Hormonal Imbalance and Your Adrenal Glands
Hormone imbalance can arise when you allow your body’s glucose levels to fall to low levels by not eating the proper foods on a regular basis. Your hormone levels change to the meet the lifestyle choices you make on a daily basis. If your hormones remain constantly in flux, you may develop serious health problems.
At the beginning stages of hormonal imbalance, your insulin responsiveness begins to degrade. Your insulin becomes more insensitive to levels of glucose in your body – it takes more insulin to do the same job compared to what it used to take. You start out your life with high (meaning good) insulin sensitivity. You are able to eat anything you want and never gain weight. Your age and lifestyle choices begin to affect the sensitivity or responsiveness of your insulin. Gradually your insulin becomes less and less sensitive (or active) to the same quantity of glucose. Your cells become less receptive to receiving the glucose it needs because your insulin is not strong enough to do its job.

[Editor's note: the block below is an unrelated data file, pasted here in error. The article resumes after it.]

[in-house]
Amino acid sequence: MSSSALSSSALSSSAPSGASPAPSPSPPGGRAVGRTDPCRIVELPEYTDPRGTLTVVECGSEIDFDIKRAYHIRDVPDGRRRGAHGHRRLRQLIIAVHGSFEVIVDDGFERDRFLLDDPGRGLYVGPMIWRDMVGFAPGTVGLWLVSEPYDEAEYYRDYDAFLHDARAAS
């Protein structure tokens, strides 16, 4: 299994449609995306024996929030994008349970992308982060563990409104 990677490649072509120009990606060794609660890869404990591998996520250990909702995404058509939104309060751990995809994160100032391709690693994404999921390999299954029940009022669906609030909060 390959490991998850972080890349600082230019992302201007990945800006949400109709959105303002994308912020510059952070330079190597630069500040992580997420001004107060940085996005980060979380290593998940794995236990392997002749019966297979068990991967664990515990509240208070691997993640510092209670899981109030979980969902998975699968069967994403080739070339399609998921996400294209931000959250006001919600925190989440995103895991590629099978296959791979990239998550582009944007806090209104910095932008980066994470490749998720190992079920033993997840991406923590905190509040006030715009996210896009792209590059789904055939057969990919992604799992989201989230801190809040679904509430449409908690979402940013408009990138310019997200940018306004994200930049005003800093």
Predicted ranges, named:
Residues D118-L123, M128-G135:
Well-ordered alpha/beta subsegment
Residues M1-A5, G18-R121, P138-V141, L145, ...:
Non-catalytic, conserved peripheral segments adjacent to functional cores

Continuously high levels of adrenaline and cortisol can cause insulin resistance. Insulin resistance means that your body will make more insulin than is customarily needed to feed the cells in your body. Long-term insulin resistance generally leads to excessive amounts of glucose, triglycerides and cholesterol to accumulate in your bloodstream.
Without any changes in your lifestyle (food choices, total calories, exercise, nutritional balance, stress relief, etc) your insulin sensitivity will degrade to a level to be classified as insulin resistance. Your body has many built-in protective processes. When your pancreas sends insulin into your bloodstream and discovers that there is still a need for more insulin, it makes more insulin and sends more insulin into your bloodstream. Your body doesn’t want excessive amounts of glucose building up to dangerous levels.